A while back, as I neared the end of a long season in the wilderness, I sometimes felt more alone than at any other time in my adult life.
There I was, barely into my 40s and experiencing difficult aspects of early menopause after years of hormonal upheaval. Thankfully, I did have some friends who could empathize a bit. They had been through the same transition, though maybe not in such a tumultuous way or at such an early age.
Many of my friends—women my age or younger, most with school-age children at home—weren’t there yet and simply couldn’t relate.
Intellectually, I knew I wasn’t the only one who had ever faced this, and that my struggles were minor compared to the more serious hardships of others. But I was such a reluctant pioneer.
And although few people knew what was going on inside of me, I also felt like a complete oddball, as if I had an extra arm or a foot growing out of my forehead.
I hated this thought. It wasn’t as bad as the actual physical symptoms I dealt with, but it still left me feeling sad and empty.
During this time in my life, I had friends who were trudging through their own dark valleys. Some of their trials actually made headlines, while others were intensely private. I wanted to understand what they were feeling, because I believed empathy was the best path to encouragement. But I hadn’t walked in their shoes, so I couldn’t truly share in their suffering.
That’s what I assumed, anyway.
Then one day, probably when I was feeling lonely and not understood, I tripped over that foot sticking out of my forehead and stumbled straight onto common ground.
I realized that, while our specific trials are unique to each one of us, certain feelings are universal. I might not have a child with debilitating special needs. I might not have a husband who doesn’t share my faith. I might not have a grieving heart, a terminal illness or a painful past.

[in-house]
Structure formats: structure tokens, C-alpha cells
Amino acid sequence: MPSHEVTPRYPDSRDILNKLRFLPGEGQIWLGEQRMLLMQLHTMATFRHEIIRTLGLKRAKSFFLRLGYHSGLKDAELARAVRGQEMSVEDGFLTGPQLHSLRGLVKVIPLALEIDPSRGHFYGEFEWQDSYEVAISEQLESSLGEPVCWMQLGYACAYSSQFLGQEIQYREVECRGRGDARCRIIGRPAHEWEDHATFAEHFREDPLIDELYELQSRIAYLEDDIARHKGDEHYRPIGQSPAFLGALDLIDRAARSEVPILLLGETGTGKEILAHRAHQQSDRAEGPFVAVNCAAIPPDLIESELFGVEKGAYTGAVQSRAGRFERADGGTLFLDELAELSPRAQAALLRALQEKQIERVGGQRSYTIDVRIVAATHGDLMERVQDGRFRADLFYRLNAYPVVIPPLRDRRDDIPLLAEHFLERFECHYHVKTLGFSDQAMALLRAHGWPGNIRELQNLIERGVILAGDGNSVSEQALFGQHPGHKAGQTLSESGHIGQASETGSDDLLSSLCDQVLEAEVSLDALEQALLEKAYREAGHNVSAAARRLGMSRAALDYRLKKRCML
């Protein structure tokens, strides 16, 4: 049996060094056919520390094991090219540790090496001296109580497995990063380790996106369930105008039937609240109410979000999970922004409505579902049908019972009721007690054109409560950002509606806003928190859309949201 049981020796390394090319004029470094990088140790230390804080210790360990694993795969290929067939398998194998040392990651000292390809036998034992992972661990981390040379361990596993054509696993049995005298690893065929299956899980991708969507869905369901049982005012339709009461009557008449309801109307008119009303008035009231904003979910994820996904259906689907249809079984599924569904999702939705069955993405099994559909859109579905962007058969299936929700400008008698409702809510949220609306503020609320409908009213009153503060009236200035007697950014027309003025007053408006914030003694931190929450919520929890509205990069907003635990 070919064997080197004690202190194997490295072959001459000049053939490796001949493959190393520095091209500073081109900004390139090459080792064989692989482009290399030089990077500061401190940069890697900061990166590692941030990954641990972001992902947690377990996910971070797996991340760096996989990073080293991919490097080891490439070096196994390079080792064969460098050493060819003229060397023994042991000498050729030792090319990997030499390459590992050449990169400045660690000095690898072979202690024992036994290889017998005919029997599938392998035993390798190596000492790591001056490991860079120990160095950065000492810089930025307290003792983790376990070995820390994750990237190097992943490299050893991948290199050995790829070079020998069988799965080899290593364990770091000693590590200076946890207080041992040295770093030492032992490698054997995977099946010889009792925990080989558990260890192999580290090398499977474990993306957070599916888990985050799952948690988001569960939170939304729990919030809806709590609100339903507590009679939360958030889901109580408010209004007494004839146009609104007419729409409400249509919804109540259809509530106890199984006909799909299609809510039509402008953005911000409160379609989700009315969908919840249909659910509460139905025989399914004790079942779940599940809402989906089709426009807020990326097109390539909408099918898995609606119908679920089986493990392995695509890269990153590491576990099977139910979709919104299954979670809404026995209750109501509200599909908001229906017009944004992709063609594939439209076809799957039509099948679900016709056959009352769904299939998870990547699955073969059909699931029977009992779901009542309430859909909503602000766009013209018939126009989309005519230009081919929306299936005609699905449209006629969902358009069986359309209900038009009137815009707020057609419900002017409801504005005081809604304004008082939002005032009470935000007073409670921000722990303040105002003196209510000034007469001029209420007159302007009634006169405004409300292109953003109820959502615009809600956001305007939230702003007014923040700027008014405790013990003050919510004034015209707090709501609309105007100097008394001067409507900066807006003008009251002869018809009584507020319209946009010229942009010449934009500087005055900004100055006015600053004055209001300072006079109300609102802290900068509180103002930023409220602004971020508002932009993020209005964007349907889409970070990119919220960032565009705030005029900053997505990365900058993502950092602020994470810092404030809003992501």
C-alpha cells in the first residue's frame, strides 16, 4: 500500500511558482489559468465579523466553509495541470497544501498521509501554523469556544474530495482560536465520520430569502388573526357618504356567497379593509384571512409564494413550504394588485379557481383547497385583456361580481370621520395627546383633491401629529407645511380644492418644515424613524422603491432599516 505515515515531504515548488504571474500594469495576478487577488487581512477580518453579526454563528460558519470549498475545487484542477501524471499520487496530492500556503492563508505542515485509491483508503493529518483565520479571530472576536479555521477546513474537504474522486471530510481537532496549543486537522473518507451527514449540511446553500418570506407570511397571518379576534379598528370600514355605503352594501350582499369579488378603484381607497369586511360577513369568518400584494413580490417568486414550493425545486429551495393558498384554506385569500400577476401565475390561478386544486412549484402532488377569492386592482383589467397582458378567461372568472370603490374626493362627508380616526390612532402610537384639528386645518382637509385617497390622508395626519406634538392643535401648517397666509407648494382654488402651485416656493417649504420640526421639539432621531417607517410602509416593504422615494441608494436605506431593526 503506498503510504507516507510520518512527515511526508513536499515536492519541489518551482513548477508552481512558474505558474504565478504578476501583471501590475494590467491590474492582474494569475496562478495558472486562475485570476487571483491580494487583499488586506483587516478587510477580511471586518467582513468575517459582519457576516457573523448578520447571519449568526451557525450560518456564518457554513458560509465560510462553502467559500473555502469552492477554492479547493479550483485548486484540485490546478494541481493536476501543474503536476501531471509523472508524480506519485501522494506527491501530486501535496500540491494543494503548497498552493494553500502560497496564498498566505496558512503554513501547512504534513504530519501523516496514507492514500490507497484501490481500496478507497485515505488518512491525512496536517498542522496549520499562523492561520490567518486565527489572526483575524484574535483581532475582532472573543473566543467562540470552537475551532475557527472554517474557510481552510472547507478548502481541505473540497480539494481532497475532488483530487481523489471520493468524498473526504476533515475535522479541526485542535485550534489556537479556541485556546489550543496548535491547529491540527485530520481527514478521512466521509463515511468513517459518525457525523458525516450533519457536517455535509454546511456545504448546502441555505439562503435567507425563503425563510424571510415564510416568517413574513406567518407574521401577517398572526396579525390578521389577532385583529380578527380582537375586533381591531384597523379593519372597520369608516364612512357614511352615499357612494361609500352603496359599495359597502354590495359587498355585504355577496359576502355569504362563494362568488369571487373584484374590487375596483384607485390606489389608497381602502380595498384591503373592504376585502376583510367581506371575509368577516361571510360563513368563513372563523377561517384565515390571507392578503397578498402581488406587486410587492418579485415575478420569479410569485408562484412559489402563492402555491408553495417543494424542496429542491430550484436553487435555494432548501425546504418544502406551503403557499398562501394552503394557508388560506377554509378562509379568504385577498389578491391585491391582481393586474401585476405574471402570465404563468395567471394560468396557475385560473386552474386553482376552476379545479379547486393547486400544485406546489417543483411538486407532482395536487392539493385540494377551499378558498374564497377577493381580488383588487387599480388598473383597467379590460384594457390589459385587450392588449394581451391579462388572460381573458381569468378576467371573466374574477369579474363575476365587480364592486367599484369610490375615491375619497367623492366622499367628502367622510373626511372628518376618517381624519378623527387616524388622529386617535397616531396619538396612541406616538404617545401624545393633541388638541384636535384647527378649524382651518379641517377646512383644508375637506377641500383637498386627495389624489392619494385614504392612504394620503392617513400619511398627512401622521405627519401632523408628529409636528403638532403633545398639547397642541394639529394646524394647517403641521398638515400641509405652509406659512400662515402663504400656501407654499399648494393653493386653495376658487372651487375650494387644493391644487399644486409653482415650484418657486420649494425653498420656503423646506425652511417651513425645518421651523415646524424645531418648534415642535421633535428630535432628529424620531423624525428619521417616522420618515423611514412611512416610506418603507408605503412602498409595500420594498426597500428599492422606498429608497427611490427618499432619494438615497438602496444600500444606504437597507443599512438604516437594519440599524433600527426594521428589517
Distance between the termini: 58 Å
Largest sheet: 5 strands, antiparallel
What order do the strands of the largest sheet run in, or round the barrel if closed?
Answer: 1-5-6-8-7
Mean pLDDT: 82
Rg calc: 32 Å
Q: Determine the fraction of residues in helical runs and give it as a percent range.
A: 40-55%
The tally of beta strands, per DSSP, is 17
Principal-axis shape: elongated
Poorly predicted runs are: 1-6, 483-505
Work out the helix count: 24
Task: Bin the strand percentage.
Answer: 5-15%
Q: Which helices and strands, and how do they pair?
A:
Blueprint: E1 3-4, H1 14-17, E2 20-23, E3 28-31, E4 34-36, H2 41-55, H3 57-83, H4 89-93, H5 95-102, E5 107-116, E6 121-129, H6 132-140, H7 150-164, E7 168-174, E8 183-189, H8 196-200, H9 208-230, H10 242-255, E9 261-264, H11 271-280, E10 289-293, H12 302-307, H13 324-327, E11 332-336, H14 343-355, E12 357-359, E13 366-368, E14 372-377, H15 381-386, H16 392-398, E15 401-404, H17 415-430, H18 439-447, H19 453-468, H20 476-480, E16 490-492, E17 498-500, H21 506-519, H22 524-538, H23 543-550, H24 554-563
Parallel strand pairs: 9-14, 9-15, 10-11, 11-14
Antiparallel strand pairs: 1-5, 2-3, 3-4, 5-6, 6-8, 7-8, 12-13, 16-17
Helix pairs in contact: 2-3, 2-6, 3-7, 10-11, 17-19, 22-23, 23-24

But I do know what it’s like to feel like I’m the only one. I do know what it’s like to get that “I-have-no-idea-what-you’re-talking-about” blank stare when I try to explain my struggle. I do know what it’s like to think that there’s not one soul on God’s green earth—or at least in my immediate circle of people—who can relate exactly to what I’m experiencing.
I know what it feels like to have a foot growing out of my forehead, and when I haven’t walked where someone else is walking, that’s a good place to start.
It breaks my heart to think that someone I care about might have the added weight of internal isolation plopped atop her messy pile of pain, grief or loss. To think that when my hurting friend walks into a room, she assumes that everyone is avoiding looking at her, gazing at her with pity-filled eyes or completely oblivious to her presence.
None of these things may be true, but that feeling? It’s real, and it’s miserable.
My friend may not feel like she has a foot growing out of her forehead. Isolation may make her feel like she’s drowning, or standing outside naked, or trapped on a deserted island.
Whatever the word picture, though, the root cause is the same—she’s feels like she’s the only one. And that thought alone is enough to spur me into action.
It’s not rocket science, really. When you realize you have this in common with someone, it becomes more natural to care for her the way you would like to be cared for yourself.
So you seek her out. You hug her. You ask her about the hard things, and not just once. You listen—carefully and without interrupting. You look for ways you can learn from her, ways that have nothing to do with her pain.
She may feel all alone, but she’s not.
You’re there, too.
P.S. Linking up this week with Kelly Balarie at Purposeful Faith, Jennifer Dukes Lee at #TellHisStory, Holley Gerth at Coffee for Your Heart, Lyli Dunbar at #ThoughtProvokingThursday, Missional Women and Grace & Truth.